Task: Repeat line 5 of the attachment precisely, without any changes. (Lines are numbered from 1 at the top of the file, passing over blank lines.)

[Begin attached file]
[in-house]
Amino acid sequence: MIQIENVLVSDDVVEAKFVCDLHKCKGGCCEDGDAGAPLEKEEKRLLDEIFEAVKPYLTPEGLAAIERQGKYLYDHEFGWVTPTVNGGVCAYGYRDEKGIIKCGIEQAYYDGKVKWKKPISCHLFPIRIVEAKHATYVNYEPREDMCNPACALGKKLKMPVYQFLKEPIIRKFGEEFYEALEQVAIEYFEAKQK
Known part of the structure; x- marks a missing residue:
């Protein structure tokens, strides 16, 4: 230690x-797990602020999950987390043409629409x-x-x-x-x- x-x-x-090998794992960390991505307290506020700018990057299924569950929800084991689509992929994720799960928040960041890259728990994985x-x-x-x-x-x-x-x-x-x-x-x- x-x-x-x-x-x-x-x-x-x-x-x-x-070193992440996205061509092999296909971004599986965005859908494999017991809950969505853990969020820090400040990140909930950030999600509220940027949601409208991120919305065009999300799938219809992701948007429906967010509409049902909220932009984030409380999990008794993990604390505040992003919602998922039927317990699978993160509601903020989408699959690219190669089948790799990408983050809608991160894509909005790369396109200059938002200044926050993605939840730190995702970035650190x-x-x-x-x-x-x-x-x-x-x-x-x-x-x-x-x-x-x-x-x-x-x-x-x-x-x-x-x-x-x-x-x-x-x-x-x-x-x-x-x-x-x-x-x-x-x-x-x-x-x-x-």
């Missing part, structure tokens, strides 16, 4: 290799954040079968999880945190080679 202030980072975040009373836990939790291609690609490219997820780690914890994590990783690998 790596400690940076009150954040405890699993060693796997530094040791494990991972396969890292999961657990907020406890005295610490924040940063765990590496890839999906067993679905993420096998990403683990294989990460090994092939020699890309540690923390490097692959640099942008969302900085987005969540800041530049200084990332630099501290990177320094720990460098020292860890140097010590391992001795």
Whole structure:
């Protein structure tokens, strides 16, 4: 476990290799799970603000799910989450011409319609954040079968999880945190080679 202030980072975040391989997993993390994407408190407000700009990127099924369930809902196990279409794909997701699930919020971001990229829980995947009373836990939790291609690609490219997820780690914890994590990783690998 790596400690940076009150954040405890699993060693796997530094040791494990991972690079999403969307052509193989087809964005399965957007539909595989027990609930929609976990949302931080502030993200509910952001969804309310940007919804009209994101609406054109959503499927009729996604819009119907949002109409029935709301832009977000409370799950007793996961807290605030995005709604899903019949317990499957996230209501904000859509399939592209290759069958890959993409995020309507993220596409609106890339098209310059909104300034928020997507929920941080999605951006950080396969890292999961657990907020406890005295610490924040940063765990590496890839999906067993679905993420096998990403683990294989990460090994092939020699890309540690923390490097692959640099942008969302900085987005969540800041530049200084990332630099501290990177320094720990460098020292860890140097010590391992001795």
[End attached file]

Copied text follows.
């Missing part, structure tokens, strides 16, 4: 290799954040079968999880945190080679 202030980072975040009373836990939790291609690609490219997820780690914890994590990783690998 790596400690940076009150954040405890699993060693796997530094040791494990991972396969890292999961657990907020406890005295610490924040940063765990590496890839999906067993679905993420096998990403683990294989990460090994092939020699890309540690923390490097692959640099942008969302900085987005969540800041530049200084990332630099501290990177320094720990460098020292860890140097010590391992001795």